TRIGGER SPAN (SA)2.6 in.
SAFETYInternal hammer block
WARRANTYUnlimited lifetime
TELEPHONE(305) 624-1115
WEBSITETaurusUSA.com
MADE INBrazil

Taurus 856 Model 2-856021 38 Special

The 856 was introduced this year and offers a 6-shot alternative to Taurus’ Model 85 series of 5-shot concealable revolvers. The added round capacity only increased the width of the revolver by a fraction of an inch and added slightly more weight. We suspect that if Taurus chambered the 856 in 38 Special +P, the revolver would have been beefier and less concealed-carry friendly.

Taurus 856 Model 2-856021 38 Special

The 856 comes in a cardboard box, and our first impression once it was out of the package was how nicely the revolver settled in our hand. The new textured grip is hand-filling yet adds minimal bulk to the revolver. The plain matte-black finish was well executed, and the crane-to-frame fit was tight. A detent in the top of the crane locks the front of the cylinder into the frame. The cylinder is locked into the rear via a round pin in the extractor. The pin fits into a hole in the rear of the frame. There is no wiggle in the 856. It also had the tighter cylinder gap of all three snub noses. The grip feels comfortable in hand, with most shooters comfortably wrapping their small fingers at the very edge of the butt. This grip made the revolver slightly taller than the other two but it did not interfere with conceal carry.

Taurus 856 Model 2-856021 38 Special

The sights were fixed. The rear sight was a large groove milled out of the top of the top strap and the front sight was milled out of the barrel. The wide front ramp was serrated to reduce glare and the wide rear groove had a cut out to also reduce glare. We liked these sights a lot because the sights were large and the front sight was easily aligned in the rear groove. The barrel incorporates a shroud that protects the ejector rod.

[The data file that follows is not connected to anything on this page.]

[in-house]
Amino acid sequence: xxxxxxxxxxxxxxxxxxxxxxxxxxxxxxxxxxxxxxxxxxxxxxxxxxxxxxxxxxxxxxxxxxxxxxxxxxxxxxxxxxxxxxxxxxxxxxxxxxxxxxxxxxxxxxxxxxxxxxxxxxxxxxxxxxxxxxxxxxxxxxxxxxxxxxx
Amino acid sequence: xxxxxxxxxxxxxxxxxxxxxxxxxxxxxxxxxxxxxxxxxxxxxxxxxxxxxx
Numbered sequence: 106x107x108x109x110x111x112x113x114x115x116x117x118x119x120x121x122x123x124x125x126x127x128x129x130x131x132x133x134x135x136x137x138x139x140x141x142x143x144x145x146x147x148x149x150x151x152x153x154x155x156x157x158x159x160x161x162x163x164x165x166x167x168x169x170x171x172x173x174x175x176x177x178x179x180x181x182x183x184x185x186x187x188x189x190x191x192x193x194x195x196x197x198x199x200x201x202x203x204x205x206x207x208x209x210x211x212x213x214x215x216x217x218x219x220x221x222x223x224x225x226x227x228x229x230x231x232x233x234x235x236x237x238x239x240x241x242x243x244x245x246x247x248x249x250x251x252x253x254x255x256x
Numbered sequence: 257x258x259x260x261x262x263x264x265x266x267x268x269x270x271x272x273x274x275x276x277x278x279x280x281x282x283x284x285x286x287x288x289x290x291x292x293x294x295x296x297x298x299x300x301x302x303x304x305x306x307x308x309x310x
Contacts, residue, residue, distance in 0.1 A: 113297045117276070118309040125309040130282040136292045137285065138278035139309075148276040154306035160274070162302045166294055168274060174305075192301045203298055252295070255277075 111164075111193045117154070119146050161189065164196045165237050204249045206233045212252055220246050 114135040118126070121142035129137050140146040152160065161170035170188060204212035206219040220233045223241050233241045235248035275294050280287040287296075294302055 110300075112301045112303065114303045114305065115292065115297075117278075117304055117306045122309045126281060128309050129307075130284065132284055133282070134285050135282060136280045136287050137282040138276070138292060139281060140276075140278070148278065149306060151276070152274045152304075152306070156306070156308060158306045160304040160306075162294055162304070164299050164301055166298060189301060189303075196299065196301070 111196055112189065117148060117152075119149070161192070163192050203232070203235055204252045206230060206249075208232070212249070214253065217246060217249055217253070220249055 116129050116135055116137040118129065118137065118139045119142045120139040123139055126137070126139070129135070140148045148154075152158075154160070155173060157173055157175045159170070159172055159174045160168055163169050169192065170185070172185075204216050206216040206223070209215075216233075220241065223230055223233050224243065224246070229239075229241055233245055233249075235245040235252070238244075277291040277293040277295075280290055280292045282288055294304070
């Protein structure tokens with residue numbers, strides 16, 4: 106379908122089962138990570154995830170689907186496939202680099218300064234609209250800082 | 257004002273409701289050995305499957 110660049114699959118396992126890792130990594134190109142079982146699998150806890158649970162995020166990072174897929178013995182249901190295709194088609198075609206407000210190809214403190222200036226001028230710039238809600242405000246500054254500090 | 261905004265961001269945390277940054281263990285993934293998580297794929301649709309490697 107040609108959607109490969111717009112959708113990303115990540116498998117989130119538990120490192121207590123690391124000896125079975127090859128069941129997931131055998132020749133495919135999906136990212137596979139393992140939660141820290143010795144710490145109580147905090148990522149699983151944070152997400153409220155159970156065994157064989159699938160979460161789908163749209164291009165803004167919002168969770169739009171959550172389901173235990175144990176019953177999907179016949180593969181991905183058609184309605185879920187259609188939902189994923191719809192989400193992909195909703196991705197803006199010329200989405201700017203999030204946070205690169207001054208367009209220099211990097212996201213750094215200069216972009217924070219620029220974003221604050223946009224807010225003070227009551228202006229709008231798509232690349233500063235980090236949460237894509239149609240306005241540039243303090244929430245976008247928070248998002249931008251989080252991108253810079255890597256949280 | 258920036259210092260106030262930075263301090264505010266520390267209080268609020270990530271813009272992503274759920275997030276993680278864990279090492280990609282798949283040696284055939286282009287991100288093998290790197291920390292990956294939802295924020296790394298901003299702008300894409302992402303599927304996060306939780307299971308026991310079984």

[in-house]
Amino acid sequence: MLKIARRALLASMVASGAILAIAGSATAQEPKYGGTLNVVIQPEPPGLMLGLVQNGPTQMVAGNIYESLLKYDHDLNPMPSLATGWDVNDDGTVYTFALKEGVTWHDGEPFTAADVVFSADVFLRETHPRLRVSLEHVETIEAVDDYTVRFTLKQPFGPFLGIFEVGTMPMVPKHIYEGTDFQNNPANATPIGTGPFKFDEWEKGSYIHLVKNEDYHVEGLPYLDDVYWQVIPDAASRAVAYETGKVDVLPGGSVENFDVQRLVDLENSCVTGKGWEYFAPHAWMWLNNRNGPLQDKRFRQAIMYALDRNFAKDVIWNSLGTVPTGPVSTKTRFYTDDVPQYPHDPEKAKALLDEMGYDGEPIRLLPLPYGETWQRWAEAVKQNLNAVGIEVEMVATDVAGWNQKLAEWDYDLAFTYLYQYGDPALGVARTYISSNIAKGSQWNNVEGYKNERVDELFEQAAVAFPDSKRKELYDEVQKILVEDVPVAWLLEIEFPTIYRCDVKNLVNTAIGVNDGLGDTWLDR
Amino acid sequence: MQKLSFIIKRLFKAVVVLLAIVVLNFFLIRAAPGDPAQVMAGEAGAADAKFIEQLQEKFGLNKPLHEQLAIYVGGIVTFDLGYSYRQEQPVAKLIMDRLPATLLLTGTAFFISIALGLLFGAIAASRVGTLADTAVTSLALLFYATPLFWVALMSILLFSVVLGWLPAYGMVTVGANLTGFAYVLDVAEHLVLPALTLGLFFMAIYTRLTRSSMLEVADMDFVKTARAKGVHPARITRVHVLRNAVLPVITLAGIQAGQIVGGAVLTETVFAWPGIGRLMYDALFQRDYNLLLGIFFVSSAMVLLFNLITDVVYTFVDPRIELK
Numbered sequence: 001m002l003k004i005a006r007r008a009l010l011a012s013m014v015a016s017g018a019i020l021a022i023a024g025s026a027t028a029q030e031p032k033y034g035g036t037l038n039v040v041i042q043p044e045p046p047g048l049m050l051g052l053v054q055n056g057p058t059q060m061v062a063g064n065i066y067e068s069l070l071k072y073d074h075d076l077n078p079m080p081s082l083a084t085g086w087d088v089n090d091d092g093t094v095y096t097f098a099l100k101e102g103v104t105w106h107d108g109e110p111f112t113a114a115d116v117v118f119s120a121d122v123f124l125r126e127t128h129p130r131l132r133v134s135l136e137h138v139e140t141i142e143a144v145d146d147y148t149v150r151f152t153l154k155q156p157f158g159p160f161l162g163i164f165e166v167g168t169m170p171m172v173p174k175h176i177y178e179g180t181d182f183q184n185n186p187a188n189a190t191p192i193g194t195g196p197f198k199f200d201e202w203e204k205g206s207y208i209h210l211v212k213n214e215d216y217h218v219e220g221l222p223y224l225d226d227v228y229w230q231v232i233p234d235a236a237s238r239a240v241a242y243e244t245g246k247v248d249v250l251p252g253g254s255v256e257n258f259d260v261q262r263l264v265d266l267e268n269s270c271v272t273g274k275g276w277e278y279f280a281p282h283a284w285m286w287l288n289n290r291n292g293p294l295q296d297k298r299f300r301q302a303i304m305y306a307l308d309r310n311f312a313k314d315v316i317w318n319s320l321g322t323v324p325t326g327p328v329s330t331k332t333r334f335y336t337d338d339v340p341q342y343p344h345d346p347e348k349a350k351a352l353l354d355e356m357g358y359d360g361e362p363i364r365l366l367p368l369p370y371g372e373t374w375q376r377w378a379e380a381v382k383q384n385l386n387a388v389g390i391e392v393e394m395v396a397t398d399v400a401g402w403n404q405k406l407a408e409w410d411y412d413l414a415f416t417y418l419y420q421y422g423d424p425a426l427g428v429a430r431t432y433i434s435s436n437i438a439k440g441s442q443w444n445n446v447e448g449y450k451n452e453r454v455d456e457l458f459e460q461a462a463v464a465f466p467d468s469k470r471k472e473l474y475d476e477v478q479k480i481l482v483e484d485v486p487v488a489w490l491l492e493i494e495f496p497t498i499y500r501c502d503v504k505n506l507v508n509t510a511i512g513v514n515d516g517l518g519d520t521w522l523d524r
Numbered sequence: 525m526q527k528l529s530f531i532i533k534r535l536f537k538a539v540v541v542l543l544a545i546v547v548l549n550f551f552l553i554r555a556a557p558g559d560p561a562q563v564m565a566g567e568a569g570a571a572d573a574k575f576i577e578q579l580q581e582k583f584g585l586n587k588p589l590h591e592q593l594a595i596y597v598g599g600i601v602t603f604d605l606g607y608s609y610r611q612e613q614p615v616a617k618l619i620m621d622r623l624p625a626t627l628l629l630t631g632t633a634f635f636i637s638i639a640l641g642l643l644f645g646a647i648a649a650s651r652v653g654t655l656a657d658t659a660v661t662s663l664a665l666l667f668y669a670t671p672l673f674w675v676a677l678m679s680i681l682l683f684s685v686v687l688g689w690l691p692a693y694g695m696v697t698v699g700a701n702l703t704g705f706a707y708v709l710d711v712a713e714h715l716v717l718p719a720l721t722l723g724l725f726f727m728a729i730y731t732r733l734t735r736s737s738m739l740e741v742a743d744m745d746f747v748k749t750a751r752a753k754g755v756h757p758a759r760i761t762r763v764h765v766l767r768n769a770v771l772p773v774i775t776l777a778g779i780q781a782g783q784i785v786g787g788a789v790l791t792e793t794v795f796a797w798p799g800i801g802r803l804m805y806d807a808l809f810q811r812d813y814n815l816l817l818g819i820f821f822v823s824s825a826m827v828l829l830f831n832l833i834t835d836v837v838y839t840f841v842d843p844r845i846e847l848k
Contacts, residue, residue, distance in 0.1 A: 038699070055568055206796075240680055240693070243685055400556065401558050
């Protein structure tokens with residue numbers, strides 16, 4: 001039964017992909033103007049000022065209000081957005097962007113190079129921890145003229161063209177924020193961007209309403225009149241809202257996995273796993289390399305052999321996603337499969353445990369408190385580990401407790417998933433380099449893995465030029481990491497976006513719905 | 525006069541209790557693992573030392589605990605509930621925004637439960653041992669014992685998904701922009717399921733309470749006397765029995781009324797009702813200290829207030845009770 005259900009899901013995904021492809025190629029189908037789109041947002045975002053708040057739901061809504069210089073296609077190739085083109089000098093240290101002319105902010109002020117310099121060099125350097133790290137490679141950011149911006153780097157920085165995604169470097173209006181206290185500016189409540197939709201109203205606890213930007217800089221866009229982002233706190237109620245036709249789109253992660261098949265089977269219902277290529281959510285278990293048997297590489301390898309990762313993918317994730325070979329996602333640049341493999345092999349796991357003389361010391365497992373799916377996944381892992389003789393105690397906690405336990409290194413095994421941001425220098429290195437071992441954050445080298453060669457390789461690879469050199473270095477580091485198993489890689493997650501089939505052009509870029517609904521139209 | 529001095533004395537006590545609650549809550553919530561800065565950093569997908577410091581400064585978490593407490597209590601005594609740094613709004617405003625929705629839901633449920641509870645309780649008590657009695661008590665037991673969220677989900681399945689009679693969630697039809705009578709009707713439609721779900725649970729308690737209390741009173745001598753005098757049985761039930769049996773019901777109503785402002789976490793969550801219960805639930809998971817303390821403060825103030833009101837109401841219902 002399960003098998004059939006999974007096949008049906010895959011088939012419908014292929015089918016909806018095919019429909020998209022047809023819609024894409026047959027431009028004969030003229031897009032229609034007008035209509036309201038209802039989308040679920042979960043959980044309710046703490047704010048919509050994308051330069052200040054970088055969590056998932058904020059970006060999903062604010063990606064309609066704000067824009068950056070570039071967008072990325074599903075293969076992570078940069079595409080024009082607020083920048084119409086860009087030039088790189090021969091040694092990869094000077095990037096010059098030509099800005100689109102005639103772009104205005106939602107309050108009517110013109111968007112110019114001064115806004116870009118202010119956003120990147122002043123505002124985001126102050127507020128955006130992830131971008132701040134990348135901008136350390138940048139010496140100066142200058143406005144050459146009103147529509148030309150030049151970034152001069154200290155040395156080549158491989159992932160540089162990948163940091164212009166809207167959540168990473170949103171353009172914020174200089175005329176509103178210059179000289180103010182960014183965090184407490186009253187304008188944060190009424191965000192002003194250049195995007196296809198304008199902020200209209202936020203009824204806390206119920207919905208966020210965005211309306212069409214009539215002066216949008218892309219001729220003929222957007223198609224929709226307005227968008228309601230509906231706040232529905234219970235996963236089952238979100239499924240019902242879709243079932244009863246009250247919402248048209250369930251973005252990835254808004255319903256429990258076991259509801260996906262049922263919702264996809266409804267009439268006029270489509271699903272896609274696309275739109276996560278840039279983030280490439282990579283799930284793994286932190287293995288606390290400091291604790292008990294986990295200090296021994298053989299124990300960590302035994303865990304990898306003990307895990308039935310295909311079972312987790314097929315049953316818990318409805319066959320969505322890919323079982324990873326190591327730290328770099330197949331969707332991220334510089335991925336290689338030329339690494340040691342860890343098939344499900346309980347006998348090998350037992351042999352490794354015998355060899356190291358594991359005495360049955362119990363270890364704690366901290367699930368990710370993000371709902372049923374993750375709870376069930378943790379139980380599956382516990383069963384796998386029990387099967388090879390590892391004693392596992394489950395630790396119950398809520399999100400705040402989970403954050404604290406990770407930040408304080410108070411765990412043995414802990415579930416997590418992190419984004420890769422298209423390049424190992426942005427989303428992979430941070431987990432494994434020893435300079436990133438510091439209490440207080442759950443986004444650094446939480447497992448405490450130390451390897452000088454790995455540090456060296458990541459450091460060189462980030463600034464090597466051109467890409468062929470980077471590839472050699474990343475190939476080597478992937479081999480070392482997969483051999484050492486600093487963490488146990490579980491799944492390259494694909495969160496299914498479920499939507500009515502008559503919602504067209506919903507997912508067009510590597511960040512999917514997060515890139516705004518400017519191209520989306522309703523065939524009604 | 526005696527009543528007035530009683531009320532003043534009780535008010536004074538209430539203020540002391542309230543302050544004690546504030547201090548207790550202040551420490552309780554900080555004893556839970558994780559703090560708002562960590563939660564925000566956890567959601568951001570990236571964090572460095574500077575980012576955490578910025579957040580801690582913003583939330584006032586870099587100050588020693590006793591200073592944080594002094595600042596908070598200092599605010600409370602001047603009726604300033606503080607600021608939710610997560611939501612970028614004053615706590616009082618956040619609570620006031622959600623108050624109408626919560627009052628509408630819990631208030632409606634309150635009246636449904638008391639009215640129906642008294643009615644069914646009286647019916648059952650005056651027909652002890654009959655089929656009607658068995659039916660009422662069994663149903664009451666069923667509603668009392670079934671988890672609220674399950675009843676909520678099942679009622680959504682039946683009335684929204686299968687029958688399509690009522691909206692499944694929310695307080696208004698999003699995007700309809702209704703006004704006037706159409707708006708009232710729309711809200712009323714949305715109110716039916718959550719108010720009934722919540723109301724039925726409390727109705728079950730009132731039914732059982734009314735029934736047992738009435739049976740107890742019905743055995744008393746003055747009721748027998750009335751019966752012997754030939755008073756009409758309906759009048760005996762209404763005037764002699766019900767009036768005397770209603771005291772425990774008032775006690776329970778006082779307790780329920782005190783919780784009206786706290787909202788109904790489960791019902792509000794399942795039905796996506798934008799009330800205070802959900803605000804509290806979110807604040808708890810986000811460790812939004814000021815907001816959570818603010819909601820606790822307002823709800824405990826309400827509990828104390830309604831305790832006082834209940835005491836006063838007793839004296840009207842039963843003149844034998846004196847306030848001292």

Taurus 856 Model 2-856021 38 Special

The cylinder latch is pushed forward to swing out the cylinder. It was small and checkered so a speed loader can be used. The design of the grip also allows use of a speed loader. The hammer has a wide thumb pad that is coarsely checkered, allowing us to cock the revolver with confidence. The trigger is smooth and slightly wider than the trigger of the 637-2 and Bodyguard 38.

Taurus 856 Model 2-856021 38 Special

Taurus 856 Model 2-856021 38 Special

Loading up the 856 we noticed the grip did an excellent job of helping to manage recoil. The extra weight of the steel-frame 856 also helped to manage recoil. It is a pleasant snubnose to shoot. Shooting for accuracy, the 856 tore up the black 2-inch-square target at 15 yards with Armscor 158-grain FMJs. This revolver shot to point of aim. With defensive Speer ammo loaded with 125-grain Gold Dot hollow points (GDHP), one tester fired a 0.6 inch 5-shot group. That’s impressive accuracy out of such a inexpensive revolver. In rapid fire, the groups opened up because the trigger pull was a heavy 12 pounds, though the grip and smoothness made the pull seem less. We used an Uncle Mike’s nylon Sidekick holster to carry the 856.

Taurus 856 Model 2-856021 38 Special

Our Team Said: We really liked this new Taurus. The 6-shot capacity did not make the revolver overly bulky, and the grips were hand-filling yet compact, so felt recoil was less noticeable. The sights were large and easy to use. We would have liked the 856 to be +P ammo compatible, but we recognize there might have been weight and profile trade-offs to gain this capacity. The street price for this revolver is very reasonable.

Smith & Wesson Model M&P Bodyguard 38 103039 38 Special +P, $348

GUN TESTS GRADE: A-

The M&P Bodyguard 38 was easily concealable and lightweight. The DAO trigger pull was smooth. Though it offers only five shots, it is well suited for conceal carry.

Smith & Wesson M&P Bodyguard 38 103039 38 Special +P

ACTION TYPEDouble action only
OVERALL LENGTH6.6 in.
BARREL LENGTH1.8 in.
SIGHT RADIUS3.8 in.
OVERALL HEIGHT4.2 in.
MAX WIDTH1.3 in.
WEIGHT UNLOADED14.2 oz.
WEIGHT LOADED15.1 oz.
CYLINDER GAP0.011 in.
CAPACITY5
FRAME FINISH/MATERIALMatte black, aluminum alloy
BARREL/CYLINDER FINISHMatte black, stainless steel
FRAME FRONT STRAP HEIGHT2 in.
FRAME BACK STRAP HEIGHT3 in.
GRIPTextured polymer, gray
GRIP THICKNESS (max)0.9 in.
GRIP CIRCUMFERENCE (max)4 in.
FRONT SIGHTPinned front ramp
REAR SIGHTFixed notch
TRIGGER PULL WEIGHT (DAO)8.3 lbs.
TRIGGER SPAN (DAO)2.9 in.
SAFETYInternal hammer block
WARRANTYNone written
TELEPHONE(800) 331-0852
WEBSITESmith-Wesson.com

Smith & Wesson M&P Bodyguard 38 103039 38 Special +P